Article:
Keeping the Ego In Check @ MCM-land

I recently read a blog post where the author was concerned about the value of MCM and wondered if this certification was just a vehicle for ego expansion.

I thought this was a valid question to ask and my thought was that, yes - if you’re not careful, there is a risk of arrogance or ego expansion after achieving this certification.

The exams are tough and it takes a significant amount of experience to be successful at them. With that said, I don’t see this as an issue today with the SQL MCM community just based on the daily interactions I witness with SQL MCMs on our distribution list and also with the SQL community at large. With many MCMs I see an inherent level of humility in the communications and I think that most have a healthy understanding of just how much there is to know (and that this knowledge is an ever-moving target).

So if someone is looking to achieve MCM status strictly in order to prop up their self-esteem or use it so they have something to mention casually at every social gathering, I would say it probably isn’t a good motive that will sustain you in the long run. If someone did follow that path, it would not take long before that individual gets called out by more knowledgeable people (who themselves may or may not be certified).

It’s okay to be proud of this accomplishment, but I think there are much better reasons to pursue this instead:

· Pursuing MCM is a way to motivate you to learn more. I myself have always pursued certifications as a way to force myself to learn concepts and try new things that I wouldn’t have otherwise explored. I need this structure and path in order to justify the time investment and keep me focused.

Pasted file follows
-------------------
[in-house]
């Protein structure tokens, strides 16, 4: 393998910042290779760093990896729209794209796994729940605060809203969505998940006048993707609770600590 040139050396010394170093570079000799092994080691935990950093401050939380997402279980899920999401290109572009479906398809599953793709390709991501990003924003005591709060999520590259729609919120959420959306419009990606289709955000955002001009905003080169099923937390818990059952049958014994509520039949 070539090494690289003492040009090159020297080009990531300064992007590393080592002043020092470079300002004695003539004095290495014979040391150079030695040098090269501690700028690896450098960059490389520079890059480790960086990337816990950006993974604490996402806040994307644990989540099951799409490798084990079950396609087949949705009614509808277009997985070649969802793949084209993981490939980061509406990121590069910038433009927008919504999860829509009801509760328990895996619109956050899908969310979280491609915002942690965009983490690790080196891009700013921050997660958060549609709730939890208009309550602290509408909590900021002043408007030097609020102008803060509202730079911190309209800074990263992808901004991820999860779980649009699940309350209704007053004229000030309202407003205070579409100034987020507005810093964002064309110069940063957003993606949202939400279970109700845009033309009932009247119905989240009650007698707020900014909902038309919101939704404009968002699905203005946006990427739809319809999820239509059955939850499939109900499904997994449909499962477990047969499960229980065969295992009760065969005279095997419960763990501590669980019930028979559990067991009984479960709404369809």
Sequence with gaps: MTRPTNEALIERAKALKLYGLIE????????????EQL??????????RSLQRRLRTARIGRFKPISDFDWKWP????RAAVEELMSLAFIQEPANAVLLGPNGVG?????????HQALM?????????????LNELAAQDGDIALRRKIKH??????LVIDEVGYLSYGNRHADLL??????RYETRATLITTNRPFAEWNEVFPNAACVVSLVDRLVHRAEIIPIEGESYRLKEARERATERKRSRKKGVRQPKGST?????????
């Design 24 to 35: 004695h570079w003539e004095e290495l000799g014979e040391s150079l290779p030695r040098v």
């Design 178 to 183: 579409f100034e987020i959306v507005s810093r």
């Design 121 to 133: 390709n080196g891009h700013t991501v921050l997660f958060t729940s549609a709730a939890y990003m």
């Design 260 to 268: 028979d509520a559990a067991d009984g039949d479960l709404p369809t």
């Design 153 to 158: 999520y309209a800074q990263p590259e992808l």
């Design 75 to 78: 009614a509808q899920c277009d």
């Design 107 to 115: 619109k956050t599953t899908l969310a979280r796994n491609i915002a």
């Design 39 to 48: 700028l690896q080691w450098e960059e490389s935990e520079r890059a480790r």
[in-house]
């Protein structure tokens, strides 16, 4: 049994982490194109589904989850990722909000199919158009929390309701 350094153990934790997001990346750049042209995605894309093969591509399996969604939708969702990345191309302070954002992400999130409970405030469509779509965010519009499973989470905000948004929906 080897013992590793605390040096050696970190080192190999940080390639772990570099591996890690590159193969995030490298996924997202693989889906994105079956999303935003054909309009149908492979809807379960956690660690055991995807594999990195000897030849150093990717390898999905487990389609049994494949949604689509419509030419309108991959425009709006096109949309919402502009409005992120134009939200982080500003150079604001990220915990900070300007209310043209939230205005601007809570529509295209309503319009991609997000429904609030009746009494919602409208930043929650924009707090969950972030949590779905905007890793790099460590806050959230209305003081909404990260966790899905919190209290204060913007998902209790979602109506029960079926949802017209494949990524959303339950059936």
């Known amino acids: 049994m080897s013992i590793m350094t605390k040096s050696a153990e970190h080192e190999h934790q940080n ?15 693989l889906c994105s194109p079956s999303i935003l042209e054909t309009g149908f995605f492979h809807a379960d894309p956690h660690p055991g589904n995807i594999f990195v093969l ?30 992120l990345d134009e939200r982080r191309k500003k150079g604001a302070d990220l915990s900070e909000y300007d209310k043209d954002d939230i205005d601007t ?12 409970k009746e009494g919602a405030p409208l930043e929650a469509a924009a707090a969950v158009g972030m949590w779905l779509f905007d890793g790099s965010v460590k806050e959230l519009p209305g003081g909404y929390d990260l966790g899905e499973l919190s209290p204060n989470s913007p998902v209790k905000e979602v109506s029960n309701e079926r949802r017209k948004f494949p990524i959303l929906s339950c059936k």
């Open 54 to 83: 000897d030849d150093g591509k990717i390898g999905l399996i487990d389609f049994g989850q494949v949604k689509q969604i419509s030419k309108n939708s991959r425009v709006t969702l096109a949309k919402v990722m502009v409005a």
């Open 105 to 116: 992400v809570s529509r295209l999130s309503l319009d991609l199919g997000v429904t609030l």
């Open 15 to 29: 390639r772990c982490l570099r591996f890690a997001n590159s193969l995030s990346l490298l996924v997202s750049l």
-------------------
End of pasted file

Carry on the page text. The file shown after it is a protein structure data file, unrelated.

· You are joining a community of folks that want to help one another. As the community expands, the value of sharing expertise and experiences will also grow with it. Just being a part of the monthly ongoing education sessions and email distribution list discussions is another valuable way to keep growing and learning more from your peers.

· It is a differentiator. Notice I said “a differentiator” not “the differentiator”. There are many ways to stand out with your employer/customer/client. There are MVPs, authors, speakers, people who spend hours answering questions on the forums, people doing incredible things with SQL Server at massive scale and throughput – and much more. So MCM is another way to differentiate yourself in the industry.

· You can still feel proud of your significant accomplishment (without the arrogance, of course). It is indeed an accomplishment that you can be proud of. I like to see that MCMs are proud of showing the logo on their profile or presentations and participating in the community. This helps build awareness and encourages other bright folks to join the community. My recommendation is that you feel pride in that accomplishment, help keep the community going in the right direction – and in parallel – keep doing other challenging things (in other words not resting on the achievement).

As for the “value” discussion overall – there is a study coming out from MSL that details some positive statistics (I’ve been told it will be published in April). The study was conducted in November across all the MCM programs (SQL/Exchange/Directory/Lync/SharePoint) and I’m looking forward to talking more about this once the results are published.

Comments (4)

  1. Ike Ellis says:

    Great post, Joseph!  Those motivations speak to me more than ego (well, on my good days.)

  2. Joe Sack says:

    Thanks Ike!  Yes – and someone said to me that we all have egos, so it is just all about keeping them in check.  Good topic to think about, so thanks for motivating it.

  3. Todd Carter says:

    Great post Joe. I would not be able to sustain the level of commitment without the rigor of the MCM program.

  4. Joe Sack says:

    Thanks Todd.  Agreed!  (1,841 hours and counting on my end since July – but it is worth it.)

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